RPICPI User Group

last person joined: 3 months ago 

To foster co-operation and the exchange of information between the ONS, its advisory bodies and other users. Please see 'Aims of the RPI/CPI User Group' in the library for further details.

ONS Understatement of Telecommunications Improvements

  • 1.  ONS Understatement of Telecommunications Improvements

    Posted 20-01-2018 23:37
    ​Hi all,

    Bit surprised not to see any discussion here of the recent news on understatement by the ONS of improvements in the quality of telecommunications goods.
    News articles here (sorry - behind paywall):
    https://www.ft.com/content/abc14c66-fb78-11e7-a492-2c9be7f3120a
    https://www.thetimes.co.uk/article/productivity-may-be-better-than-thought-after-ons-gets-wires-crossed-hhm73prkv
    Original ESCoE paper by Richard Heys & others here:
    https://www.escoe.ac.uk/wp-content/uploads/2017/02/ESCoE-DP-2017-04.pdf
    Follow-up letter by the ONS here:
    https://www.ons.gov.uk/news/statementsandletters/lettertothefinancialtimesregardinginflation

    I think it is fair to capture their conclusions in one quote:

    "Our findings indicate that the current deflator [for the Telecomms industry] is upward biased and that telecommunications services prices could have fallen between 35% and 90% between 2010 and 2015, considerably more than the current deflator, suggesting the need for continued research in this area."


    I am, however, rather surprised by the blasé tone of the ONS's follow-up letter which implies that this has no implications for CPI.

    That contrasts with the Bean review (which the ONS seem very keen on) which (para 3.25) illustrated:

    "For instance, telephone and telefax equipment and services accounts for about 3% of aggregate CPI, if one applies an average improvement in quality of 35% for every year between 2006 and 2014 to reflect the average increase in data traffic within this period,then accounting for the greater benefit associated with the internet connection would lower overall CPI inflation by slightly more than one percentage point per year over the period considered."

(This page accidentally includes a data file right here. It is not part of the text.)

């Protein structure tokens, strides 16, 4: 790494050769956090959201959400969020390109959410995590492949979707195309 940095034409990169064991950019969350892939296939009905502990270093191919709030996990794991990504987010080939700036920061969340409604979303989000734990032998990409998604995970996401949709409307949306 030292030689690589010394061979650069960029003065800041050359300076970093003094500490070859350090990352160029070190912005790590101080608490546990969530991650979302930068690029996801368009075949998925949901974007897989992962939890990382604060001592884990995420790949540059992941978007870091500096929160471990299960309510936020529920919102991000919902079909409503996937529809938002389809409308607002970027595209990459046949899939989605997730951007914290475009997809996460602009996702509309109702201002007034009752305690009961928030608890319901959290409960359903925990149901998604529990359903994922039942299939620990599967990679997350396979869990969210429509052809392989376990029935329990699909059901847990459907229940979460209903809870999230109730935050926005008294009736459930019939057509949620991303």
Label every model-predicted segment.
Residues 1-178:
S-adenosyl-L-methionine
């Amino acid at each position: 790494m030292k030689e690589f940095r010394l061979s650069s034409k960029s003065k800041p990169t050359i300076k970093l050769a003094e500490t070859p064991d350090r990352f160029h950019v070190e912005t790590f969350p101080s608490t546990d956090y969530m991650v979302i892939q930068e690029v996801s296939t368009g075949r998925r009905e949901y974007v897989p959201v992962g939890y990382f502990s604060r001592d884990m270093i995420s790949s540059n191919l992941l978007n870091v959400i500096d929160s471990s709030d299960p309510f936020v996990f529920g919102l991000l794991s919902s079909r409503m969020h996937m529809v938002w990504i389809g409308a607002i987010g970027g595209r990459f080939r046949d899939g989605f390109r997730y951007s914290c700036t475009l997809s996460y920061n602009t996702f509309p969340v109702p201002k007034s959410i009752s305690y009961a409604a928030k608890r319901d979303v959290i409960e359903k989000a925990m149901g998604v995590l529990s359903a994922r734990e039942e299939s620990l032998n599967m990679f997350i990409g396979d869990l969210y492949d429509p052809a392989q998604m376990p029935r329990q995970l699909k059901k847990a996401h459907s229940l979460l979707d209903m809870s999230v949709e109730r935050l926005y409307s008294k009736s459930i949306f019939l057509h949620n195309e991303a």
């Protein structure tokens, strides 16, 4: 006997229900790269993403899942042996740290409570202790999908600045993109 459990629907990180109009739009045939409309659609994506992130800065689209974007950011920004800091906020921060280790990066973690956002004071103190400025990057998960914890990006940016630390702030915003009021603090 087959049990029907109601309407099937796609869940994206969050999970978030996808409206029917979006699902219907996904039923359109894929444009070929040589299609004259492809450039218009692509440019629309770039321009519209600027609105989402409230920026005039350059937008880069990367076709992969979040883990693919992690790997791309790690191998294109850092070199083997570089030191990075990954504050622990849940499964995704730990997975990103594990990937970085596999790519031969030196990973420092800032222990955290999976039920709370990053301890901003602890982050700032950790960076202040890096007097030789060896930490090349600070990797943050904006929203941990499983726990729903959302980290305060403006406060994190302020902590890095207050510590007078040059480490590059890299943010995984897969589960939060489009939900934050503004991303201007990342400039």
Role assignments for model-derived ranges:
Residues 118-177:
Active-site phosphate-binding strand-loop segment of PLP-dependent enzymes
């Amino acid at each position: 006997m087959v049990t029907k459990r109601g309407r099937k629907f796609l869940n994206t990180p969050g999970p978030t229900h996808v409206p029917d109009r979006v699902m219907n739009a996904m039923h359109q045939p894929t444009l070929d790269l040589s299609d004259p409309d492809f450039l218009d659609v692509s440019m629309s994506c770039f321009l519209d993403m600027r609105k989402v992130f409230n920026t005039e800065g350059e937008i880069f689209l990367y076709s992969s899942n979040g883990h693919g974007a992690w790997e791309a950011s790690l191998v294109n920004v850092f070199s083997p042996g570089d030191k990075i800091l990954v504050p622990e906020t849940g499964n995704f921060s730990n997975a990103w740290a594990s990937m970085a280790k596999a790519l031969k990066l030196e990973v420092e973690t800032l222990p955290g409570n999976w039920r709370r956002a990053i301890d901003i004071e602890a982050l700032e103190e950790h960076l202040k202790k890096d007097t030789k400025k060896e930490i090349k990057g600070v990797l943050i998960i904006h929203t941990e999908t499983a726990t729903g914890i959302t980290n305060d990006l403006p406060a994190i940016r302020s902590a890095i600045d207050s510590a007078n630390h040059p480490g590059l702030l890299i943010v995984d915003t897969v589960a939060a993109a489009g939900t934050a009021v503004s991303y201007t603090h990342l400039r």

(the 90 percentage point drop in the ESCoE range would equate to an annualised improvement of more than 35%pa)

    Can anyone explain why we shouldn't be concerned about the possibility of a material revision to the past CPI data series once comparable work is done on the CPI series measurement?


  • 2.  RE: ONS Understatement of Telecommunications Improvements

    Posted 21-01-2018 11:24

    Richard,

     

    It would seem to depend on what a quality change actually is.

     

    One question would be to ask how much of the increase data traffic is associated with advertisements.

     

    I suspect that, though my use of the web has not changed that much since the mid-nineties when I started, I will soon have to upgrade to fibre because of the advertisement load.  Adverts used to be single small graphics and now they tend to be elaborate videos which take up a lot of band width.  I would tend to classify this as a loss of quality through forced quality change.

     

    There is also poor design of web pages.  For example, the BBC used to have an excellent text based news service on the web with very few graphics which would load quickly whatever the download speed.  They stopped that sadly.

     

    Now my use of the web may be very different from the typical user given my background but looking at the profitability of Facebook and Google would suggest that there is an issue here.

     

    Arguably there is a difference between a deflator for the Telecomms industry and both the macroeconomic CPI and a household index like RPI and its likely replacement in HII/HCI.

     

    All the best.

     

    Arthur.




  • 3.  RE: ONS Understatement of Telecommunications Improvements

    Posted 21-01-2018 12:33
    I am inclined to agree.

    Since I contracted for BT infinity, speeds have become lower on average.  I cannot see any improvements in telecoms quality from my point of view.  This is subjective and variable between persons.

    However there has been a large increase in price which is indisputable.

    GJ


  • 4.  RE: ONS Understatement of Telecommunications Improvements

    Posted 21-01-2018 13:03

    Gareth,

     

    Thanks for the reminder about speeds becoming lower.

     

    Effectively what consumers are buying is a share of the bandwidth that is available from the exchange.  So we are all competing for bandwidth with our neighbours.  As more people use the bandwidth for more purposes – and why wouldn't they as they are paying for it – then speeds drop.